The map of the world's forests that are growing again

The map of the world's forests that are growing again

In twenty years the forests have recovered 59 million hectares, an area the size of France, especially in Southeast Asia, Africa, Brazil and Scandinavia

Serra do Urubu - Atlantic Forest in the north -East of Brazil Photo credit @ Marc Egger, SAVE Brazil Nearly 59 million hectares of forest around the world have regrown since 2000. This is what emerges from an analysis published by Trillion Trees, a joint venture born from the collaboration between the World Wildlife Fund (WWF), Birdlife International and the Wildlife Conservation Society (WCS). In 20 years, an immense forest, as large as the surface of France, saw the light spontaneously, managing to absorb the equivalent of 5.9 billion tons of carbon dioxide, more than the annual emissions of all the United States.

Only a fraction of the nearly 25 billion new trees result from planting. The rest is due to man-made protection and protection measures, which have favored the undisturbed reproduction of these ecosystems.

For years, Trillion Trees has been trying to put an end to deforestation and its goal is to to restore one trillion trees by 2050. The numerical choice is not random. Years ago there were six trillion trees on the planet. Today there are only three and this has serious consequences. To respond to this challenge, in 2018 the association commissioned a survey to find out where this natural forest regeneration is already taking place.

What is regeneration?

There are three types of regeneration. The first, active restoration, is necessary when the terrain is ruined or cannot be recovered on its own. This involves planting areas of native trees, including agroforestry approaches. The second, assisted natural regeneration, consists in the process of removing invasive vegetation and delimiting and enclosing wooded areas heavily stressed by recreational activities. The third, spontaneous natural regeneration, is considered the best because it means that the earth is able to regenerate itself, without human input. Some areas need nothing more than to be left alone to start a new life. The map of the regeneration hotspots shows all three types of regrowth, specifically excluding commercial plantations.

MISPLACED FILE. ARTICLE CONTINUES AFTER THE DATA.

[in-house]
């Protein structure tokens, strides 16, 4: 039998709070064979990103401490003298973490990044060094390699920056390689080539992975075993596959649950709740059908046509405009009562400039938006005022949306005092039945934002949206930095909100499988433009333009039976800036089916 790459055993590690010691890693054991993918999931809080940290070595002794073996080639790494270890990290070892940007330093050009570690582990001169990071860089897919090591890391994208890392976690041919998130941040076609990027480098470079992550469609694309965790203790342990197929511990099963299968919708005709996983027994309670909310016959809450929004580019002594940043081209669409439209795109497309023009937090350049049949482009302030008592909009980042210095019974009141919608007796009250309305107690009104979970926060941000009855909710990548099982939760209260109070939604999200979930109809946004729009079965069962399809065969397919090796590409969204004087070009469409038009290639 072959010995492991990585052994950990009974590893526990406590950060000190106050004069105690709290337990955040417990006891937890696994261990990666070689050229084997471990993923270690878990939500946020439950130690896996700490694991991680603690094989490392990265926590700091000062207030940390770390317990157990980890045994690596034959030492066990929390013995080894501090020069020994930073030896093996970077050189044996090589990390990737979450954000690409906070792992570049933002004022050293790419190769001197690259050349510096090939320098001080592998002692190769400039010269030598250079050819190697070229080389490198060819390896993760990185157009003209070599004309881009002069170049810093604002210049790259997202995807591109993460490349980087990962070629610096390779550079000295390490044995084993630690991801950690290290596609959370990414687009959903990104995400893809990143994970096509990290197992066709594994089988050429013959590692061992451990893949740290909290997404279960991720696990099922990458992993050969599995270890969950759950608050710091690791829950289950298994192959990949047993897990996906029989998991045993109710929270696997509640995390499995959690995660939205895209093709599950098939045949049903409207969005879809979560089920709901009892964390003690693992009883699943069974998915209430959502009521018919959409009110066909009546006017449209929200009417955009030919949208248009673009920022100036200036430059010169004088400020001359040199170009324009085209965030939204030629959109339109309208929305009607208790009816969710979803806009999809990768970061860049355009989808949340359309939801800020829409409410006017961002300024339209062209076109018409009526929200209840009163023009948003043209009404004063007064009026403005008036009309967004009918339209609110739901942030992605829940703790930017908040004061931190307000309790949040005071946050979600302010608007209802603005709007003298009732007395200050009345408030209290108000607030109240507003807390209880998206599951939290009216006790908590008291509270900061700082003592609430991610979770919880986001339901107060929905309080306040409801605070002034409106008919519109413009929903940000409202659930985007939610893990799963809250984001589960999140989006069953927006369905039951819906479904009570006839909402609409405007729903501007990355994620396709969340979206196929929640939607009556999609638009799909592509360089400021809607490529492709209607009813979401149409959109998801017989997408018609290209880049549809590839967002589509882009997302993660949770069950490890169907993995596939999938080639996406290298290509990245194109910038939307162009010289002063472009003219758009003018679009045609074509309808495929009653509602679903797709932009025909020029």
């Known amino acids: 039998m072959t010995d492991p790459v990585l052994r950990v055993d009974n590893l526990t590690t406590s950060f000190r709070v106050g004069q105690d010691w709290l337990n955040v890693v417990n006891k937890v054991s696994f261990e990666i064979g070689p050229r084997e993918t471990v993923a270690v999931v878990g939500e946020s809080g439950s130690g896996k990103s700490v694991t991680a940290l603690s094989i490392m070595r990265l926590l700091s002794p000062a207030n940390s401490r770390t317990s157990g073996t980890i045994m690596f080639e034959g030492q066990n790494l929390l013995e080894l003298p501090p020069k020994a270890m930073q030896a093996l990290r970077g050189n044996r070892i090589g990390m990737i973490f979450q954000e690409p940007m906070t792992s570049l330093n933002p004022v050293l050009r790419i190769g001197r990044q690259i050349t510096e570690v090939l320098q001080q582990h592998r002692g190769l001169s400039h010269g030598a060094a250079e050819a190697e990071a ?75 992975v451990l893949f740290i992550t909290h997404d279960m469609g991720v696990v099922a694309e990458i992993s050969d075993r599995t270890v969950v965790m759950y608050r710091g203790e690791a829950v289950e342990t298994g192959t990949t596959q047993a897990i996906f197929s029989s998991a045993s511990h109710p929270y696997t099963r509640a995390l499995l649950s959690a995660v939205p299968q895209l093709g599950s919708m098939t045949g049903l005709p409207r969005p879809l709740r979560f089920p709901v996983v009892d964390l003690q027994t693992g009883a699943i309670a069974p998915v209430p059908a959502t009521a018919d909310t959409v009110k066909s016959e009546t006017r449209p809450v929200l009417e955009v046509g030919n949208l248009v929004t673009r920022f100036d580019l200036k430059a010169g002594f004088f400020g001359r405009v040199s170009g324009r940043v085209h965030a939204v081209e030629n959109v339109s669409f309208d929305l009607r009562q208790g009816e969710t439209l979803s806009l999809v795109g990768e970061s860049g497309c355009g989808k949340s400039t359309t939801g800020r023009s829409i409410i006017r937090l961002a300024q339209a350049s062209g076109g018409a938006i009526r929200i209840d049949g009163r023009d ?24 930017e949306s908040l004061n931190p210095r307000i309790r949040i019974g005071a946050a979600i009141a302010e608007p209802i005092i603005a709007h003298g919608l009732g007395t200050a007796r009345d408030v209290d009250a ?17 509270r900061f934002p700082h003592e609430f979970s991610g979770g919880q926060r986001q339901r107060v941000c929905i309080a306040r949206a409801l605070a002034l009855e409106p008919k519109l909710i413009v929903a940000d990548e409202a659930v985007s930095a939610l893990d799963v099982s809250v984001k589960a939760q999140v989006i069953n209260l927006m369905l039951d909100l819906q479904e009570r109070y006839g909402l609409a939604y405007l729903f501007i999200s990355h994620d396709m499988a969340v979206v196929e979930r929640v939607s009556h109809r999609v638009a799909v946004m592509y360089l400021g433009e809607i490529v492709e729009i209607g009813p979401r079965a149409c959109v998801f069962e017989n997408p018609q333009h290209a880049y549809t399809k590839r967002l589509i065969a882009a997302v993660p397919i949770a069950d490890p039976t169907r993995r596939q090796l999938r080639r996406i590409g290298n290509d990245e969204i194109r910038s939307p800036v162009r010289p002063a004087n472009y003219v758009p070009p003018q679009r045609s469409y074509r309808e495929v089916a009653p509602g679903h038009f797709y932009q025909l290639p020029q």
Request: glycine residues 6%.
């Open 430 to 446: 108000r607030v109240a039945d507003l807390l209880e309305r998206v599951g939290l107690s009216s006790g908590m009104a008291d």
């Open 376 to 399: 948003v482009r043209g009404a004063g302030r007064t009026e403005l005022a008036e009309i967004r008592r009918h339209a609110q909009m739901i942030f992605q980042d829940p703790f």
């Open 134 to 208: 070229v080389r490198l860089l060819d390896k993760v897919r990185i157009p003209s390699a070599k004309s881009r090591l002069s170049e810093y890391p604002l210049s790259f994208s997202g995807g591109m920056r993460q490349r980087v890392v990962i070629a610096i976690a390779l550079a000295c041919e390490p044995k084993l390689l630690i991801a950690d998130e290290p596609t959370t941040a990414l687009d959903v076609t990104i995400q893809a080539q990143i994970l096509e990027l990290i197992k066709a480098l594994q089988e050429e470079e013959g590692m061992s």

Map of the reborn forests

The methodology used

The mapping project lasted two years and researchers compared satellite and remote sensing data on land use and land cover with expert opinion from over 100 sites spread across 29 different countries. In this way, it was possible to immediately identify the new green lungs, but also to understand where it is best to concentrate human efforts to help nature regain its space.

Analyzing the map, it can be observed that most part of the regeneration took place in Southeast Asia, sub-Saharan Africa and Brazil. Battered by deforestation, Brazil has seen the birth of a natural wooded area of ​​4.2 million hectares. This was possible thanks to a combination of planned projects to restore forests, more responsible industrial practices and other factors, including the tendency to migrate to cities leaving fields and agricultural areas empty. In Europe, on the other hand, the woods have regenerated especially in the Balkans and northern Greece as well as throughout the central slope of Scandinavia.

Despite these encouraging signs, we must not forget that deforestation continues to advance at a rapid pace and worrying. The difficulty of replacing lost forests remains, as it takes decades or even centuries for a regenerated "secondary forest" to become as rich in carbon and wildlife as an existing, old forest. But by scientifically and constantly monitoring these new areas, it is possible to protect and expand them further, to give a greener future to the new generations.

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